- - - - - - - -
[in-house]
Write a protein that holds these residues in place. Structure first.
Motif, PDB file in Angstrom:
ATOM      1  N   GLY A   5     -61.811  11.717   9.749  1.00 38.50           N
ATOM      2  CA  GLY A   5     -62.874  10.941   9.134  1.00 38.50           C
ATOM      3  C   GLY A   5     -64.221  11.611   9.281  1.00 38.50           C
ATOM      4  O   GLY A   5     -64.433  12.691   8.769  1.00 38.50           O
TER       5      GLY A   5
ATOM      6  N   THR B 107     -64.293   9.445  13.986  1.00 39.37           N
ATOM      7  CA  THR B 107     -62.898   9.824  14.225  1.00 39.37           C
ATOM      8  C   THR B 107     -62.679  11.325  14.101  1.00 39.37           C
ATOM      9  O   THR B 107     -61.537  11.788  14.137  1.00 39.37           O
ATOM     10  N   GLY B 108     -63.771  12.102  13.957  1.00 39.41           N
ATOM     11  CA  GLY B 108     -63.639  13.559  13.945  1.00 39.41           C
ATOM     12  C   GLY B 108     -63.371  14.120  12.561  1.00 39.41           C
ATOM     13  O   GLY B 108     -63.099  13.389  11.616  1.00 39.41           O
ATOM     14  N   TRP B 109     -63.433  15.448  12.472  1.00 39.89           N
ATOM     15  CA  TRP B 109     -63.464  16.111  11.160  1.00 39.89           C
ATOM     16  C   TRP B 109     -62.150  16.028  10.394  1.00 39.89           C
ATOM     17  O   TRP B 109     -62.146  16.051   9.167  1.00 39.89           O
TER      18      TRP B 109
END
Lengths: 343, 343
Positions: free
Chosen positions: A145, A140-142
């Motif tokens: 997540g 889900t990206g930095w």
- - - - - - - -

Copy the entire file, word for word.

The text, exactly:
[in-house]
Write a protein that holds these residues in place. Structure first.
Motif, PDB file in Angstrom:
ATOM      1  N   GLY A   5     -61.811  11.717   9.749  1.00 38.50           N
ATOM      2  CA  GLY A   5     -62.874  10.941   9.134  1.00 38.50           C
ATOM      3  C   GLY A   5     -64.221  11.611   9.281  1.00 38.50           C
ATOM      4  O   GLY A   5     -64.433  12.691   8.769  1.00 38.50           O
TER       5      GLY A   5
ATOM      6  N   THR B 107     -64.293   9.445  13.986  1.00 39.37           N
ATOM      7  CA  THR B 107     -62.898   9.824  14.225  1.00 39.37           C
ATOM      8  C   THR B 107     -62.679  11.325  14.101  1.00 39.37           C
ATOM      9  O   THR B 107     -61.537  11.788  14.137  1.00 39.37           O
ATOM     10  N   GLY B 108     -63.771  12.102  13.957  1.00 39.41           N
ATOM     11  CA  GLY B 108     -63.639  13.559  13.945  1.00 39.41           C
ATOM     12  C   GLY B 108     -63.371  14.120  12.561  1.00 39.41           C
ATOM     13  O   GLY B 108     -63.099  13.389  11.616  1.00 39.41           O
ATOM     14  N   TRP B 109     -63.433  15.448  12.472  1.00 39.89           N
ATOM     15  CA  TRP B 109     -63.464  16.111  11.160  1.00 39.89           C
ATOM     16  C   TRP B 109     -62.150  16.028  10.394  1.00 39.89           C
ATOM     17  O   TRP B 109     -62.146  16.051   9.167  1.00 39.89           O
TER      18      TRP B 109
END
Lengths: 343, 343
Positions: free
Chosen positions: A145, A140-142
């Motif tokens: 997540g 889900t990206g930095w």